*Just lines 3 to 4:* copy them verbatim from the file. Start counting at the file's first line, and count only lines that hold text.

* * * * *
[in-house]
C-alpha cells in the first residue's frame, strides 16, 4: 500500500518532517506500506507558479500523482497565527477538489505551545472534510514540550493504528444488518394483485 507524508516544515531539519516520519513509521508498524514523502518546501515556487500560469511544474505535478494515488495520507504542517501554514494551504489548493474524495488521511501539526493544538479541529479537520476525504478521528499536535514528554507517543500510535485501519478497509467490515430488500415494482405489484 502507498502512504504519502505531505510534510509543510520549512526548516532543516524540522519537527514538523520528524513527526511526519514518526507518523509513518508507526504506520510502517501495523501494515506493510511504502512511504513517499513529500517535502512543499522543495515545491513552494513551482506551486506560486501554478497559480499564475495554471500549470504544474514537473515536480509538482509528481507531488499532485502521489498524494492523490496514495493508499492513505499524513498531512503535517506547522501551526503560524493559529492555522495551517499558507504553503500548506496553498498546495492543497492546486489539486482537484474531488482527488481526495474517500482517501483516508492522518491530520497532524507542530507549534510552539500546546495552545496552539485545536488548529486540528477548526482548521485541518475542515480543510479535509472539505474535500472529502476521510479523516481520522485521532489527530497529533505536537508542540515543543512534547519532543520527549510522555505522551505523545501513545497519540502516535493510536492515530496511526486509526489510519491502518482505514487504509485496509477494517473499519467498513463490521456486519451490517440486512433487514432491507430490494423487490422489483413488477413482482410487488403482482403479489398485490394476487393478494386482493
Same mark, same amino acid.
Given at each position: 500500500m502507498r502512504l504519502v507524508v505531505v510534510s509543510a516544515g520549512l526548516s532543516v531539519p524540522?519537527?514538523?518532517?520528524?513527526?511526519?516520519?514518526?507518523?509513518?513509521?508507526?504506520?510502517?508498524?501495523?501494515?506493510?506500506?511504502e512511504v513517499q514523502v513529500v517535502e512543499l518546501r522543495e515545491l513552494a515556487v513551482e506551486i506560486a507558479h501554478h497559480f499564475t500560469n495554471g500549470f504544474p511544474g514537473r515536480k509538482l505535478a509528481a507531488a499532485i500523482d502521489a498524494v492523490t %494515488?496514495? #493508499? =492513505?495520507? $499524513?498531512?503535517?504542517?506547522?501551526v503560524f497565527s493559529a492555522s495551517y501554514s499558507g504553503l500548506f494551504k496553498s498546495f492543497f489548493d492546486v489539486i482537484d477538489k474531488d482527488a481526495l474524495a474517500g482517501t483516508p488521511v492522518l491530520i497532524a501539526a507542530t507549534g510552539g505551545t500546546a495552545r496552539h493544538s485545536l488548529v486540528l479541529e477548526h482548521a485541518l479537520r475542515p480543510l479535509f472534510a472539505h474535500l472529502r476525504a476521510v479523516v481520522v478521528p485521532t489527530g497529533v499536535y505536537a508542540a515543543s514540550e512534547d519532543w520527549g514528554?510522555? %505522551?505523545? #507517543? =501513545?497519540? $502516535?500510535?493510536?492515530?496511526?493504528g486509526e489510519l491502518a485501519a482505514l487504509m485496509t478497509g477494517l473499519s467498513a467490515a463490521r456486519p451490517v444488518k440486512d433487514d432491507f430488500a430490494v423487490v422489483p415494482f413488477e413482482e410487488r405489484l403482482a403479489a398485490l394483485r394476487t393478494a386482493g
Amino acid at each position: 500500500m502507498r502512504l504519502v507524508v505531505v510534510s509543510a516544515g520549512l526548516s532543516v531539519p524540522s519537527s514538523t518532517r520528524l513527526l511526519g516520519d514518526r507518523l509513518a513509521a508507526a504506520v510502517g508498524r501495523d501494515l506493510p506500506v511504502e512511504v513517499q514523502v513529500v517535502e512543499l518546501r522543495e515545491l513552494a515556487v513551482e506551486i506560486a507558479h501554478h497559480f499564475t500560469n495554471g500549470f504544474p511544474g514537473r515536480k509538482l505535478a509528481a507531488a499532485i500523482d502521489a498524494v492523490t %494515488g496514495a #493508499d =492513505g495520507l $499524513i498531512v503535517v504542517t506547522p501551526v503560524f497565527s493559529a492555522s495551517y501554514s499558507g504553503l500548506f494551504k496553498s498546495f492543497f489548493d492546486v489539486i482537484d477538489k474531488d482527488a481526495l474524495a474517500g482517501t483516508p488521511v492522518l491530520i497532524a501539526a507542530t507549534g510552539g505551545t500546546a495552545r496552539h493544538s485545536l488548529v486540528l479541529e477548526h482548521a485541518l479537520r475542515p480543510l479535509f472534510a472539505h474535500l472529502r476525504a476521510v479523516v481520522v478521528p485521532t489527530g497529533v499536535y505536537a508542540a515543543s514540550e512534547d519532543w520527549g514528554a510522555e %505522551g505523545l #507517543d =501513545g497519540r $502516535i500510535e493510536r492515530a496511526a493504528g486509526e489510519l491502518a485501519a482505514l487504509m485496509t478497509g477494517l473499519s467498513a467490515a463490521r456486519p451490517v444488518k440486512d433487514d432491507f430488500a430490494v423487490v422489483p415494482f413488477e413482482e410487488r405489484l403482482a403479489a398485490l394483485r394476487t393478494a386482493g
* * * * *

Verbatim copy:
Same mark, same amino acid.
Given at each position: 500500500m502507498r502512504l504519502v507524508v505531505v510534510s509543510a516544515g520549512l526548516s532543516v531539519p524540522?519537527?514538523?518532517?520528524?513527526?511526519?516520519?514518526?507518523?509513518?513509521?508507526?504506520?510502517?508498524?501495523?501494515?506493510?506500506?511504502e512511504v513517499q514523502v513529500v517535502e512543499l518546501r522543495e515545491l513552494a515556487v513551482e506551486i506560486a507558479h501554478h497559480f499564475t500560469n495554471g500549470f504544474p511544474g514537473r515536480k509538482l505535478a509528481a507531488a499532485i500523482d502521489a498524494v492523490t %494515488?496514495? #493508499? =492513505?495520507? $499524513?498531512?503535517?504542517?506547522?501551526v503560524f497565527s493559529a492555522s495551517y501554514s499558507g504553503l500548506f494551504k496553498s498546495f492543497f489548493d492546486v489539486i482537484d477538489k474531488d482527488a481526495l474524495a474517500g482517501t483516508p488521511v492522518l491530520i497532524a501539526a507542530t507549534g510552539g505551545t500546546a495552545r496552539h493544538s485545536l488548529v486540528l479541529e477548526h482548521a485541518l479537520r475542515p480543510l479535509f472534510a472539505h474535500l472529502r476525504a476521510v479523516v481520522v478521528p485521532t489527530g497529533v499536535y505536537a508542540a515543543s514540550e512534547d519532543w520527549g514528554?510522555? %505522551?505523545? #507517543? =501513545?497519540? $502516535?500510535?493510536?492515530?496511526?493504528g486509526e489510519l491502518a485501519a482505514l487504509m485496509t478497509g477494517l473499519s467498513a467490515a463490521r456486519p451490517v444488518k440486512d433487514d432491507f430488500a430490494v423487490v422489483p415494482f413488477e413482482e410487488r405489484l403482482a403479489a398485490l394483485r394476487t393478494a386482493g